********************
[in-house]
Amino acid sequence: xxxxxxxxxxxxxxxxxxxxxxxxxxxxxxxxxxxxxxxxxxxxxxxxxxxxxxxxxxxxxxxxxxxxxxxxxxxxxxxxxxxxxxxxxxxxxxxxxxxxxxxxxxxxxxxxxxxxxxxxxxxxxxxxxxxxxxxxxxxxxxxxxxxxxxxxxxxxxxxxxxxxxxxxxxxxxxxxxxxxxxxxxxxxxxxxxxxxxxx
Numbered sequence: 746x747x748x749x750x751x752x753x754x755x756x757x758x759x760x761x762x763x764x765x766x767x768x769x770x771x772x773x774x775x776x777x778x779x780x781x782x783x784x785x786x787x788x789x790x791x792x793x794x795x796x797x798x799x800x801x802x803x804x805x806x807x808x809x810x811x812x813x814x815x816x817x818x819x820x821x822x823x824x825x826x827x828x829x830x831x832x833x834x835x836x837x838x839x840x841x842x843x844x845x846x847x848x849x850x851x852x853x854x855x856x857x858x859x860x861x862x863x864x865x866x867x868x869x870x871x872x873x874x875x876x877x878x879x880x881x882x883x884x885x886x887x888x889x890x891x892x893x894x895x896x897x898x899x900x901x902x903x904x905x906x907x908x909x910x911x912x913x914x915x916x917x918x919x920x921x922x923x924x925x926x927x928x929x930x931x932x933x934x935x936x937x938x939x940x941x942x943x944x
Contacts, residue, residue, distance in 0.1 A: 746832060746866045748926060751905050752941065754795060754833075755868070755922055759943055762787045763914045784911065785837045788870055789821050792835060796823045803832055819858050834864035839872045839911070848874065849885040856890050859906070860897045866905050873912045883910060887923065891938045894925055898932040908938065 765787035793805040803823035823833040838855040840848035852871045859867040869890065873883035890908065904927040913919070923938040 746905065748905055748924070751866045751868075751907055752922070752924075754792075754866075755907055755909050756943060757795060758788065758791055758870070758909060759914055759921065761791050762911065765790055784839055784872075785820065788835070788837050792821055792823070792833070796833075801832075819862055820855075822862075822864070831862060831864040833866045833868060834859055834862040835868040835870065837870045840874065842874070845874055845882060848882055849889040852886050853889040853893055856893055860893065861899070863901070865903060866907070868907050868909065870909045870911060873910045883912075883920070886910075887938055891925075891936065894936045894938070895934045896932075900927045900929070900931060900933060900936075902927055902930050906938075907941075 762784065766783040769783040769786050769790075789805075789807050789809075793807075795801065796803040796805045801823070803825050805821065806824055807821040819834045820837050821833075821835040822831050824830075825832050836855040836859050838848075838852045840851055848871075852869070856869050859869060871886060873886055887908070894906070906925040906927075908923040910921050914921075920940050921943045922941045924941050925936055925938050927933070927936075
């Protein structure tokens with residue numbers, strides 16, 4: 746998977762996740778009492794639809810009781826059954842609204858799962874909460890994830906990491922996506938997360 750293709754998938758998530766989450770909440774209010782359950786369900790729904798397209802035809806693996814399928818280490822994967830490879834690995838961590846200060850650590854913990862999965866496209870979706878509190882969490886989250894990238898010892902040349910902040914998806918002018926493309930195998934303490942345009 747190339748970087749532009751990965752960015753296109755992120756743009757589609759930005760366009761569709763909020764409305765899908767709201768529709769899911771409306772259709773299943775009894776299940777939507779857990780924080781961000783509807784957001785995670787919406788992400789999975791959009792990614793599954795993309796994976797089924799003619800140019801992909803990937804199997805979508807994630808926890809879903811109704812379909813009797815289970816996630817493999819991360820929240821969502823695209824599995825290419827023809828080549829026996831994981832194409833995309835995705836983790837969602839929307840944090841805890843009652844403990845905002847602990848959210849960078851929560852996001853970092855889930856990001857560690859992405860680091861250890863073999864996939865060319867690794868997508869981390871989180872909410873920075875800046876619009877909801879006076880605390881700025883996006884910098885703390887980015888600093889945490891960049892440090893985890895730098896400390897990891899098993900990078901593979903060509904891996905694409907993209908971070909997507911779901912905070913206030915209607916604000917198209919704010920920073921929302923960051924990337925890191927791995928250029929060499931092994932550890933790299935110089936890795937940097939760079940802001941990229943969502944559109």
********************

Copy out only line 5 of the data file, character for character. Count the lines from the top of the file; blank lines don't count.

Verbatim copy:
């Protein structure tokens with residue numbers, strides 16, 4: 746998977762996740778009492794639809810009781826059954842609204858799962874909460890994830906990491922996506938997360 750293709754998938758998530766989450770909440774209010782359950786369900790729904798397209802035809806693996814399928818280490822994967830490879834690995838961590846200060850650590854913990862999965866496209870979706878509190882969490886989250894990238898010892902040349910902040914998806918002018926493309930195998934303490942345009 747190339748970087749532009751990965752960015753296109755992120756743009757589609759930005760366009761569709763909020764409305765899908767709201768529709769899911771409306772259709773299943775009894776299940777939507779857990780924080781961000783509807784957001785995670787919406788992400789999975791959009792990614793599954795993309796994976797089924799003619800140019801992909803990937804199997805979508807994630808926890809879903811109704812379909813009797815289970816996630817493999819991360820929240821969502823695209824599995825290419827023809828080549829026996831994981832194409833995309835995705836983790837969602839929307840944090841805890843009652844403990845905002847602990848959210849960078851929560852996001853970092855889930856990001857560690859992405860680091861250890863073999864996939865060319867690794868997508869981390871989180872909410873920075875800046876619009877909801879006076880605390881700025883996006884910098885703390887980015888600093889945490891960049892440090893985890895730098896400390897990891899098993900990078901593979903060509904891996905694409907993209908971070909997507911779901912905070913206030915209607916604000917198209919704010920920073921929302923960051924990337925890191927791995928250029929060499931092994932550890933790299935110089936890795937940097939760079940802001941990229943969502944559109």